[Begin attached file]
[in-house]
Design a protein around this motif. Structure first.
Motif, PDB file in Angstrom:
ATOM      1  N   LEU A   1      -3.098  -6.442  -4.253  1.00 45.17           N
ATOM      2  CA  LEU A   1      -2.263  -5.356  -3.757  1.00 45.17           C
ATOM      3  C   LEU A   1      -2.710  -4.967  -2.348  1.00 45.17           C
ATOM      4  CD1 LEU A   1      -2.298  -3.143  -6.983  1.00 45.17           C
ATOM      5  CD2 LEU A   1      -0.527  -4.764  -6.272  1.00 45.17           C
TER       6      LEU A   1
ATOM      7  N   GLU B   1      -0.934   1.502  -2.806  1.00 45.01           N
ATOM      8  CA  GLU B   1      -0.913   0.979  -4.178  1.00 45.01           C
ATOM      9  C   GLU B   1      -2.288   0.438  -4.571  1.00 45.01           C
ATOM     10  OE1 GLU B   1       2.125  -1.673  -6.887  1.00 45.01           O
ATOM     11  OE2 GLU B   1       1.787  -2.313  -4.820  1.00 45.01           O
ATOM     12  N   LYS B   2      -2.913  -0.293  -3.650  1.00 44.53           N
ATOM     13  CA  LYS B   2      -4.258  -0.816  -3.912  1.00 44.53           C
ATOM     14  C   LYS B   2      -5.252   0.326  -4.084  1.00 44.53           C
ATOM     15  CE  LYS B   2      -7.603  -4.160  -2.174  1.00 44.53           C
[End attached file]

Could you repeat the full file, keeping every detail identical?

[in-house]
Design a protein around this motif. Structure first.
Motif, PDB file in Angstrom:
ATOM      1  N   LEU A   1      -3.098  -6.442  -4.253  1.00 45.17           N
ATOM      2  CA  LEU A   1      -2.263  -5.356  -3.757  1.00 45.17           C
ATOM      3  C   LEU A   1      -2.710  -4.967  -2.348  1.00 45.17           C
ATOM      4  CD1 LEU A   1      -2.298  -3.143  -6.983  1.00 45.17           C
ATOM      5  CD2 LEU A   1      -0.527  -4.764  -6.272  1.00 45.17           C
TER       6      LEU A   1
ATOM      7  N   GLU B   1      -0.934   1.502  -2.806  1.00 45.01           N
ATOM      8  CA  GLU B   1      -0.913   0.979  -4.178  1.00 45.01           C
ATOM      9  C   GLU B   1      -2.288   0.438  -4.571  1.00 45.01           C
ATOM     10  OE1 GLU B   1       2.125  -1.673  -6.887  1.00 45.01           O
ATOM     11  OE2 GLU B   1       1.787  -2.313  -4.820  1.00 45.01           O
ATOM     12  N   LYS B   2      -2.913  -0.293  -3.650  1.00 44.53           N
ATOM     13  CA  LYS B   2      -4.258  -0.816  -3.912  1.00 44.53           C
ATOM     14  C   LYS B   2      -5.252   0.326  -4.084  1.00 44.53           C
ATOM     15  CE  LYS B   2      -7.603  -4.160  -2.174  1.00 44.53           C